Succulents are surging in popularity for several simple reasons. They are:
- water wise
- nearly indestructible
- adds colour and texture to your garden
- easy to grow
- easy to find especially those indigenous to South Africa.
They also include some well-known medicinal plants. Even if you’re not a huge enthusiast when it comes to natural remedies, chances are you’ve heard of some of the health benefits of Bulbine frutescens and Carpobrotus edulis.
Common names: Cats tail, Burn jelly plant, Balsem kopieva
Bulbine frutescens occurs widespread throughout Western Cape, Northern Cape, Eastern Cape, Free State and Kwazulu Natal. It has great value in the home garden where it is a useful first-aid remedy for children’s everyday knocks and scrapes. Fresh leaves produce a jelly-like juice, squeezed and frequently applied, is amazingly effective to take care of a wide range of skin conditions and wounds. The list is endless: acne, burns, blisters, cold sore (even in your mouth), cracked lips, nails and heels, insect bites, mouth ulcers and sunburn. Also, very effective for treating wounds, sores and rashes on both human and on animals.
The healing effect is likely due to glycoprotein, which is also present in the leaf gel of the Aloe species. In Limpopo Province, plantations of Bulbine frutescens have been established where innovative commerce skincare products are being produced. Some commercial shampoos include it as a moisturizer.
This easy to grow succulent for full sun and beautiful orange or yellow flowers in spring and summer is really one of nature’s finest medicinal plants. Used externally, Bulbine species are reasonably safe – just be sure to check for allergic reactions. Use with caution internally.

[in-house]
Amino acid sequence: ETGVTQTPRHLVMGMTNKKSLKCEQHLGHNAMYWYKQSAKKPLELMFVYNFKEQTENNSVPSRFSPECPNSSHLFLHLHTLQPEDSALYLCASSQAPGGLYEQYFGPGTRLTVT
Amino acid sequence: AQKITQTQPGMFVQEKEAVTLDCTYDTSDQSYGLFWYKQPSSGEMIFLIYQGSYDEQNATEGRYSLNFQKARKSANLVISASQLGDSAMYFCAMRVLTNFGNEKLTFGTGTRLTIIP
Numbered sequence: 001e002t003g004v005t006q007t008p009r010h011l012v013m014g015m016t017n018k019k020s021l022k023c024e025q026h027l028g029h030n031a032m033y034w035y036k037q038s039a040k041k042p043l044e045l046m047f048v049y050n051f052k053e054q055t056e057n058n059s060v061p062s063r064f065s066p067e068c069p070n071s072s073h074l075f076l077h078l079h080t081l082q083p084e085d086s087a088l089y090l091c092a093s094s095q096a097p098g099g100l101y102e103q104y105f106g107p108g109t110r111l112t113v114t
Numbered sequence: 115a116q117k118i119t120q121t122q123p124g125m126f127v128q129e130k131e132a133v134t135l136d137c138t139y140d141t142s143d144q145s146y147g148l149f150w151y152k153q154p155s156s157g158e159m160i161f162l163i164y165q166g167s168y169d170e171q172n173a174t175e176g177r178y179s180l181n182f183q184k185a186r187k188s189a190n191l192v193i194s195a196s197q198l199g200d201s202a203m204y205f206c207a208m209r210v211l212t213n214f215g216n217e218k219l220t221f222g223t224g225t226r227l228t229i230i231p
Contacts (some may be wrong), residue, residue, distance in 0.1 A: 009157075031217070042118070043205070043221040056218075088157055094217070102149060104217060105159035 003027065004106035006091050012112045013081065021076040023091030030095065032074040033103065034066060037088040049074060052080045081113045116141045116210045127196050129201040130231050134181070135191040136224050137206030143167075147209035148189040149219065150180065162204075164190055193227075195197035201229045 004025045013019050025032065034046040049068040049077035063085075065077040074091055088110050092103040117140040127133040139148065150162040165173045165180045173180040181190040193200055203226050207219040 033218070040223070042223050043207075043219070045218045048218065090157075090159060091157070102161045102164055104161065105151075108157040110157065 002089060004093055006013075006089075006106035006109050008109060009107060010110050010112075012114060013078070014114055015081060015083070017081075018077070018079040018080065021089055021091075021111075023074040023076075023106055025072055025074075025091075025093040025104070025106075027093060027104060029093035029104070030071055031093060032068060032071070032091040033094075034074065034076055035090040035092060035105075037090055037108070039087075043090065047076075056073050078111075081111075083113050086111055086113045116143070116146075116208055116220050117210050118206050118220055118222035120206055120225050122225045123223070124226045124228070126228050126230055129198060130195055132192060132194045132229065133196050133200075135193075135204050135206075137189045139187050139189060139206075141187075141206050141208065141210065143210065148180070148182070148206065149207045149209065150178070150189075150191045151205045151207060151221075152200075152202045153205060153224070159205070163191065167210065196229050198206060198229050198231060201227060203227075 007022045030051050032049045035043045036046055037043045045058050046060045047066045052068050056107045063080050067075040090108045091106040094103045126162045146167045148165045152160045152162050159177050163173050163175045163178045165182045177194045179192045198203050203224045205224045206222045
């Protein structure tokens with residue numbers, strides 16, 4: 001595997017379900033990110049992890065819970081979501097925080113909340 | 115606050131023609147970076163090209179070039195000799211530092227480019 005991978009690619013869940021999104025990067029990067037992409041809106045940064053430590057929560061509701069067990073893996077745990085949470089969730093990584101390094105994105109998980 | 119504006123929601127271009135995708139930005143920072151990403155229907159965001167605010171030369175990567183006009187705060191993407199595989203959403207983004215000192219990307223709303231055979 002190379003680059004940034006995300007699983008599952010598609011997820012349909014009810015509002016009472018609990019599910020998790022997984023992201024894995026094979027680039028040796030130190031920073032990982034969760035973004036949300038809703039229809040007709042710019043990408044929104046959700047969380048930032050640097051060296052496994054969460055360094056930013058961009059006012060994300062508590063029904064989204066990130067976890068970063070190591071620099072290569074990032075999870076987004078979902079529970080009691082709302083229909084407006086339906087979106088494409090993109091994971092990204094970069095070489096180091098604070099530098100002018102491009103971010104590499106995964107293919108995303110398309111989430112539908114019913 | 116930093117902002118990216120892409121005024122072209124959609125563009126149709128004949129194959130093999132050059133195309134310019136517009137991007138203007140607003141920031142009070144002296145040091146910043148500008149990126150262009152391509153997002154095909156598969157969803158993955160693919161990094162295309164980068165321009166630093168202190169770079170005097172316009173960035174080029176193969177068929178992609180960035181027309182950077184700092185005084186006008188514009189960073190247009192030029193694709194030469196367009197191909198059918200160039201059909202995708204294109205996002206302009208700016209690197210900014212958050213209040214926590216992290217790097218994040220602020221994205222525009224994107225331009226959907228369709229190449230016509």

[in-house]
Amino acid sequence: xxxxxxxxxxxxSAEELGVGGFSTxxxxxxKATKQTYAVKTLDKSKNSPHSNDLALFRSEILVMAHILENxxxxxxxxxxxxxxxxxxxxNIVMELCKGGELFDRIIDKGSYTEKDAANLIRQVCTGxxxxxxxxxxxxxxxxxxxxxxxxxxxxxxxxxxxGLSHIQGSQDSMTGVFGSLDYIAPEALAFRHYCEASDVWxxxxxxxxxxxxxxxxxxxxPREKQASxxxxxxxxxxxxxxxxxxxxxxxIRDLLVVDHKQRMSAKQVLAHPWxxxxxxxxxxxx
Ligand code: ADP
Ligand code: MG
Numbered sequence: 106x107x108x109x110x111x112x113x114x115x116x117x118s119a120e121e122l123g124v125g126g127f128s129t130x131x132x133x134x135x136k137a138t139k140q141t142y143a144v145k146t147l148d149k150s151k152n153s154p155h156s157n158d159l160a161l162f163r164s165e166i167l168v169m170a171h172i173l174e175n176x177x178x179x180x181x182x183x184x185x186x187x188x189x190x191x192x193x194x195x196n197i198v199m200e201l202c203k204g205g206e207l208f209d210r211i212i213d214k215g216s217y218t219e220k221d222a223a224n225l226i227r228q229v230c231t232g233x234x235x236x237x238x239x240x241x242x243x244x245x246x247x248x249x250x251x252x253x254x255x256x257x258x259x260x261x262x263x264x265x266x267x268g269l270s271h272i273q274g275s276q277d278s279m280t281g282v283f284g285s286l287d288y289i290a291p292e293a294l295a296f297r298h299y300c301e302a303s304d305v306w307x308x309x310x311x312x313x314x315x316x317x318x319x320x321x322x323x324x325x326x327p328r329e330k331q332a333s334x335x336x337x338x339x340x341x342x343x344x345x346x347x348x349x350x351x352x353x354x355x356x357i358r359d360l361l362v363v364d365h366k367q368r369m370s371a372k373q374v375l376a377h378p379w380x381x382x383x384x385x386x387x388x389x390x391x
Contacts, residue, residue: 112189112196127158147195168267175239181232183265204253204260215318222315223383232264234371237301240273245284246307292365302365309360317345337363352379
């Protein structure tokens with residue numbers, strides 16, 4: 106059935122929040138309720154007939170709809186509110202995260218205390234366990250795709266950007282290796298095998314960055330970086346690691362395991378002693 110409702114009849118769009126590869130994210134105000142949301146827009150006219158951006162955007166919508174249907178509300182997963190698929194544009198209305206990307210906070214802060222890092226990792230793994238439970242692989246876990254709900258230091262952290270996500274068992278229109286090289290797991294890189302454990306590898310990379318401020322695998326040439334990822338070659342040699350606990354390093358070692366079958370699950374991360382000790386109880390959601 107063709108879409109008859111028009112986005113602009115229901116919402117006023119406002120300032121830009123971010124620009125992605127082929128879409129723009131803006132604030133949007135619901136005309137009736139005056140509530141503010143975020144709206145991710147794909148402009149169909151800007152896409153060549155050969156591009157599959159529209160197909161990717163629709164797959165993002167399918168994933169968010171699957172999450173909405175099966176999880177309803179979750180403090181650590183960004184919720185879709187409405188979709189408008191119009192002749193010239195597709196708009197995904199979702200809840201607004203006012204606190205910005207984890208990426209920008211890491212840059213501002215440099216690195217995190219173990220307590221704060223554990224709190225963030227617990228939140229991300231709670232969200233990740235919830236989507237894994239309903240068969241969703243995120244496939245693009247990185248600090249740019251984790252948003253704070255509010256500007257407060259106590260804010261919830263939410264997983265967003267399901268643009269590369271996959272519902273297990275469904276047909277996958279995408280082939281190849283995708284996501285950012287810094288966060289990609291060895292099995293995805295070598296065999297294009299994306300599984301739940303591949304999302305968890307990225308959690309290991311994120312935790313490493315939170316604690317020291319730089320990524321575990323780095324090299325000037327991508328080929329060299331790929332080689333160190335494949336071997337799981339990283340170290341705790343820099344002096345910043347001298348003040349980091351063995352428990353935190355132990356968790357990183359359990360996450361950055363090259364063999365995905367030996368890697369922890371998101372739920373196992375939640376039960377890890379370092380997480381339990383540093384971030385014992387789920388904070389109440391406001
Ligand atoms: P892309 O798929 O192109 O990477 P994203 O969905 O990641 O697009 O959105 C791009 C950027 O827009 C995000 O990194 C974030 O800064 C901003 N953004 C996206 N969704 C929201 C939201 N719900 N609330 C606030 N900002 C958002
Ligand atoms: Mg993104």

Common names: Sour fig, Suurvy, Vyerank
Carpobrotus spp. are a superb water-wise plant, indigenous and frequently used as a sand binder, dune and embankment stabilizer, and also as a fire-resistant barrier. The yellow or pinkish flowers in spring are followed by edible fruit and is a very powerful remedy for constipation. The fruit can also be used for cooking jam.
Leaf juice is astringent and mildly antiseptic and if mixed with water and swallowed, it can treat diarrhoea and stomach cramps. It also can be used as a gargle to treat laryngitis, sore throat and mouth infections. Simply by chewing a leaf tip and swallowing the juice will help to ease a sore throat.
A crushed leave is a famous soothing cure for blue-bottle stings and, being a good coastal groundcover, it is often on hand when needed. The leaf juice is also used as a soothing lotion for burns, bruises, scrapes, cuts, grazes and even sunburn. It can be applied to cracked lips and to cold sores on and around the mouth.
Bulbine frutescens and Carpobrotus spp. are both useful plants to have in the garden, not only for its remarkable medicinal values but also for its ability to survive almost anywhere with minimum attention. With very little water and care, these plants are a must for every garden.
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